Alternatives For Fire Doors

Fire doors are necessary but cumbersome item. They are required in a great deal of situations, however they are by nature heavy and restrictive to movement, difficult for small children and the elderly or disabled to open and awkward if carrying bags, pushing prams or operating wheelchairs.

It is therefore commonplace to see these vital parts of a buildings fire strategy wedged open, breaching all compartmentation requirements. A fire curtain can be specified as an alternative offering the same levels of integrity and, if required, additional smoke sealing.

The fire curtain can be recessed within the ceiling and walls, or face fixed depending on customer requirements. It will then remain there hidden, always ready to deploy in a fire situation due to its gravity fail-to-safe method of operation, even when all forms of consumable power are unavailable.

Automatic Smoke Curtains Reduce Smoke Inhalation

777 Aviation Smoke Curtain

Automatic fire rated smoke curtains installed in discreet areas, and deploy automatically during a fire can help block heat and are excellent at blocking smoke from entering the building’s rooms. Due to the natural chimney effect that elevator shafts cause during a fire, automatic fire rated smoke curtains in front of elevators are highly recommended, due to elevator shafts often acting as chimneys, drawing smoke to other floors not currently affected by the fire.

A elevator smoke curtain combined with an elevator door will create the impenetrable assembly required by building codes. Similarly, smoke & fire curtains that block smoke from drifting up or down staircases are also highly effective for similar reasons; such as if the doors can be sealed, less smoke is likely to travel to other areas of the building.

Automatic fire rated curtains and elevator shaft curtains are a must for any building and can greatly reduce smoke inhalation.

Escalators & Stairs With Fire & Smoke Curtains

automatic smoke curtain

Both these items create a permanent breach in the compartment between floors. Using DSI Smoke Curtains this can be tackled in several ways depending on the strategy requirements. Read more

Why Are Smoke & Fire Curtains Important For Elevator Doors?

Elevator shafts are a permanent compartment breach with the potential to spread flames and smoke vertically through a building very rapidly. While most, if not all elevator doors provide a degree of fire integrity this is not the same for smoke sealing. Read more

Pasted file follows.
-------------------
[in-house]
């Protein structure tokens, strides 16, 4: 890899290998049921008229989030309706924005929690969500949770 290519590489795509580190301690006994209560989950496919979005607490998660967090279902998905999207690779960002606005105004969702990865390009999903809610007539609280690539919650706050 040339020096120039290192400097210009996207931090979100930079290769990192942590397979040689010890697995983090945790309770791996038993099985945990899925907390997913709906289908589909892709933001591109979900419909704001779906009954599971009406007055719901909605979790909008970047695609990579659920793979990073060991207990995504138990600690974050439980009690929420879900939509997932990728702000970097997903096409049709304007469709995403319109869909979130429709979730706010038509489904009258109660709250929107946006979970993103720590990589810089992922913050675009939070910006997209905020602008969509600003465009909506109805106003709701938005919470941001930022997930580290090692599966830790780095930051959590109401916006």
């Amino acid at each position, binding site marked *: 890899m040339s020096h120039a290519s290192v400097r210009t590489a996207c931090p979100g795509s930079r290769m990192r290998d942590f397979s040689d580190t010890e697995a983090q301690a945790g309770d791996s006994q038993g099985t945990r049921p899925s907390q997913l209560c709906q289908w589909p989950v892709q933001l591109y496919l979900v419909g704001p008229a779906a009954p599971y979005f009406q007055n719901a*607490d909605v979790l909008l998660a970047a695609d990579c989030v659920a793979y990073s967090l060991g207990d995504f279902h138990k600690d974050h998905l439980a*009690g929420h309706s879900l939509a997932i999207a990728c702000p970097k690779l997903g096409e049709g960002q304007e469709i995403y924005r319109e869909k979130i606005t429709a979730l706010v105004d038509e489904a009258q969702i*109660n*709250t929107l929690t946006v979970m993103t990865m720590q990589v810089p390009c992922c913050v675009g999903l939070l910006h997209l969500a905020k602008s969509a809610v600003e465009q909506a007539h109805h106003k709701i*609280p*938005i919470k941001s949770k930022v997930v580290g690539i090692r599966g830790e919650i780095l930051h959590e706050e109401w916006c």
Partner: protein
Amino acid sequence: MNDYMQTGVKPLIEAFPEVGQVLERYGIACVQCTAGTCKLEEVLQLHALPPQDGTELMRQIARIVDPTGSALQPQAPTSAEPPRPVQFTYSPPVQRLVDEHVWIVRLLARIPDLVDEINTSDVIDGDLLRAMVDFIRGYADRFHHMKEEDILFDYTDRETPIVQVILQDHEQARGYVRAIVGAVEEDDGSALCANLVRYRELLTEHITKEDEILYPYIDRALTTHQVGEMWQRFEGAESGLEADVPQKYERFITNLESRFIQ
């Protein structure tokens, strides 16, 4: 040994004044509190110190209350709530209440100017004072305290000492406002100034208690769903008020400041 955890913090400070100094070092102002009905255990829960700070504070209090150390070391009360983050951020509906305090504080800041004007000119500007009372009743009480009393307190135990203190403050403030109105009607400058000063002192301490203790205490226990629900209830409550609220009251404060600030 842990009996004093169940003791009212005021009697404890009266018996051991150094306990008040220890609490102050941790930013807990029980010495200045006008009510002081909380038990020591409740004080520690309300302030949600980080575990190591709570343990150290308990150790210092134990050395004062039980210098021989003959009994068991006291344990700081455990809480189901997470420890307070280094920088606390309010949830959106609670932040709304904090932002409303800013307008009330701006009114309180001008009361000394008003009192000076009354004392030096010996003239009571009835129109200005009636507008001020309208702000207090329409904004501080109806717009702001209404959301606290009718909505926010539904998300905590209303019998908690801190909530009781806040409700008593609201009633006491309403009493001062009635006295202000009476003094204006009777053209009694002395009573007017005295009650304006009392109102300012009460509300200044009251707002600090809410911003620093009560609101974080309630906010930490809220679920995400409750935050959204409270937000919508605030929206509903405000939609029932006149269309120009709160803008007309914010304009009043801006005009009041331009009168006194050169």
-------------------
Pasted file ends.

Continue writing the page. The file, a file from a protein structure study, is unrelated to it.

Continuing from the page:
Protected Means of Escape with a Fire & Smoke Curtains

When considering the placement and provision of a protected means of escape protection from fire and smoke are the paramount consideration. Traditionally a protected means of escape would be along a brick or concrete corridor. Read more

Fire & Smoke Rated Curtain System Applications

Smoke & Fire Curtains

While we have discussed the benefits of fire and smoke curtains in the past when referring to fire and smoke protection options for atriums, it is important to note that fire and smoke curtains have a wide variety of other applications as well.

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Atrium Smoke Protection Solutions- What Are Your Options?

In recent years it has been a trend in modern design to open up atriums in order to let in more natural light, maximize the openness of interior space, and reduce energy costs. Read more

Why Do Elevators Need Smoke Protection?

In this day and age, many buildings are equipped with elevators in order to make the navigation of various floors more simple. Read more

Smoke Channeling With Fire & Smoke Curtains

smoke channelling

It is often desirable to direct smoke into certain zones for extraction. This is formed using small, rapid drop and often zone controlled banks of curtains. Read more

How Smoke & Fire Curtains Can Help Contain Fires

Forming fire compartments requires a curtain to have good levels of Integrity- the I Classification – and low levels of Irradiance of Heat- the W Classification. Curtains installed to form a compartment must be able to provide a physical barrier to the fire and prevent heat flux transfer of levels sufficient to ignite materials either side of the compartment. Read more